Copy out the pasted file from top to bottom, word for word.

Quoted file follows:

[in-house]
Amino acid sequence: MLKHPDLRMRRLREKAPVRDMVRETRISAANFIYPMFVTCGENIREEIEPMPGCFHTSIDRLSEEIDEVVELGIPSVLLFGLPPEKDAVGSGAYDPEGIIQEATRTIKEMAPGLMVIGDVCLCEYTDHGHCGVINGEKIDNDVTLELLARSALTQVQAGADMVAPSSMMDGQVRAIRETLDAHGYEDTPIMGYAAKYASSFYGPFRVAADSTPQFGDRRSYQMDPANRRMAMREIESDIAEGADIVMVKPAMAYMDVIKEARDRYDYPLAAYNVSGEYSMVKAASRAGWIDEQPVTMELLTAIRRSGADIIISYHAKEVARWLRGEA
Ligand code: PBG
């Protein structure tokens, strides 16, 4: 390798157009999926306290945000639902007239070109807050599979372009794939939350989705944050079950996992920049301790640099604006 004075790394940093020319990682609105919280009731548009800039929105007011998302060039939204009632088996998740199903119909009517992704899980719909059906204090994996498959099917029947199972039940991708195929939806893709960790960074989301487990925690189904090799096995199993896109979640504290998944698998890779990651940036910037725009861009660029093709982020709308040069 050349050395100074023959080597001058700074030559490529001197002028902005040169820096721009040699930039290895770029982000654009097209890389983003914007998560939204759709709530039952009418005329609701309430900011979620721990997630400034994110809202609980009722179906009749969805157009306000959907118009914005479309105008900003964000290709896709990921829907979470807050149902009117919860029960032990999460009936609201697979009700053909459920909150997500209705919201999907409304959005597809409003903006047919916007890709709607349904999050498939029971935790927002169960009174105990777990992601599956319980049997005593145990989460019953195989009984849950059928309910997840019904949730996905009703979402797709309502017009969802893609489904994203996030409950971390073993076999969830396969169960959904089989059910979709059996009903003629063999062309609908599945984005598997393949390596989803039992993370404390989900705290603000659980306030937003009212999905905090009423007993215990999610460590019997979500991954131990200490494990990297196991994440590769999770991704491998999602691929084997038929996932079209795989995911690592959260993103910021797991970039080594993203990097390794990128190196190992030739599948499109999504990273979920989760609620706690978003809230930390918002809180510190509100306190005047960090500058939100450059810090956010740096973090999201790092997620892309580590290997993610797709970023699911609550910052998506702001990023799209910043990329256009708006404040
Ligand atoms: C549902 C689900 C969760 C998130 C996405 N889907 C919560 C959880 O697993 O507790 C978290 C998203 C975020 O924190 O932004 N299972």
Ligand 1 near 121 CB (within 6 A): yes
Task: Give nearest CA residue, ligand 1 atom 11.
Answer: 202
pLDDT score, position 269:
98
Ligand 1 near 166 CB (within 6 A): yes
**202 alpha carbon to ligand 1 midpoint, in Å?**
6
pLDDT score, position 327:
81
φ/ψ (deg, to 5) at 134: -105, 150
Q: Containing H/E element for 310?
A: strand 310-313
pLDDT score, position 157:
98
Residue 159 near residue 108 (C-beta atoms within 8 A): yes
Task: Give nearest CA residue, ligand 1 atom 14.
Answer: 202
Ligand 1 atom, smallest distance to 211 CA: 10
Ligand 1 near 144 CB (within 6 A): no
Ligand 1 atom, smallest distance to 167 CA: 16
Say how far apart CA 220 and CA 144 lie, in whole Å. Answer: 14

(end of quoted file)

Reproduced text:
[in-house]
Amino acid sequence: MLKHPDLRMRRLREKAPVRDMVRETRISAANFIYPMFVTCGENIREEIEPMPGCFHTSIDRLSEEIDEVVELGIPSVLLFGLPPEKDAVGSGAYDPEGIIQEATRTIKEMAPGLMVIGDVCLCEYTDHGHCGVINGEKIDNDVTLELLARSALTQVQAGADMVAPSSMMDGQVRAIRETLDAHGYEDTPIMGYAAKYASSFYGPFRVAADSTPQFGDRRSYQMDPANRRMAMREIESDIAEGADIVMVKPAMAYMDVIKEARDRYDYPLAAYNVSGEYSMVKAASRAGWIDEQPVTMELLTAIRRSGADIIISYHAKEVARWLRGEA
Ligand code: PBG
């Protein structure tokens, strides 16, 4: 390798157009999926306290945000639902007239070109807050599979372009794939939350989705944050079950996992920049301790640099604006 004075790394940093020319990682609105919280009731548009800039929105007011998302060039939204009632088996998740199903119909009517992704899980719909059906204090994996498959099917029947199972039940991708195929939806893709960790960074989301487990925690189904090799096995199993896109979640504290998944698998890779990651940036910037725009861009660029093709982020709308040069 050349050395100074023959080597001058700074030559490529001197002028902005040169820096721009040699930039290895770029982000654009097209890389983003914007998560939204759709709530039952009418005329609701309430900011979620721990997630400034994110809202609980009722179906009749969805157009306000959907118009914005479309105008900003964000290709896709990921829907979470807050149902009117919860029960032990999460009936609201697979009700053909459920909150997500209705919201999907409304959005597809409003903006047919916007890709709607349904999050498939029971935790927002169960009174105990777990992601599956319980049997005593145990989460019953195989009984849950059928309910997840019904949730996905009703979402797709309502017009969802893609489904994203996030409950971390073993076999969830396969169960959904089989059910979709059996009903003629063999062309609908599945984005598997393949390596989803039992993370404390989900705290603000659980306030937003009212999905905090009423007993215990999610460590019997979500991954131990200490494990990297196991994440590769999770991704491998999602691929084997038929996932079209795989995911690592959260993103910021797991970039080594993203990097390794990128190196190992030739599948499109999504990273979920989760609620706690978003809230930390918002809180510190509100306190005047960090500058939100450059810090956010740096973090999201790092997620892309580590290997993610797709970023699911609550910052998506702001990023799209910043990329256009708006404040
Ligand atoms: C549902 C689900 C969760 C998130 C996405 N889907 C919560 C959880 O697993 O507790 C978290 C998203 C975020 O924190 O932004 N299972």
Ligand 1 near 121 CB (within 6 A): yes
Task: Give nearest CA residue, ligand 1 atom 11.
Answer: 202
pLDDT score, position 269:
98
Ligand 1 near 166 CB (within 6 A): yes
**202 alpha carbon to ligand 1 midpoint, in Å?**
6
pLDDT score, position 327:
81
φ/ψ (deg, to 5) at 134: -105, 150
Q: Containing H/E element for 310?
A: strand 310-313
pLDDT score, position 157:
98
Residue 159 near residue 108 (C-beta atoms within 8 A): yes
Task: Give nearest CA residue, ligand 1 atom 14.
Answer: 202
Ligand 1 atom, smallest distance to 211 CA: 10
Ligand 1 near 144 CB (within 6 A): no
Ligand 1 atom, smallest distance to 167 CA: 16
Say how far apart CA 220 and CA 144 lie, in whole Å. Answer: 14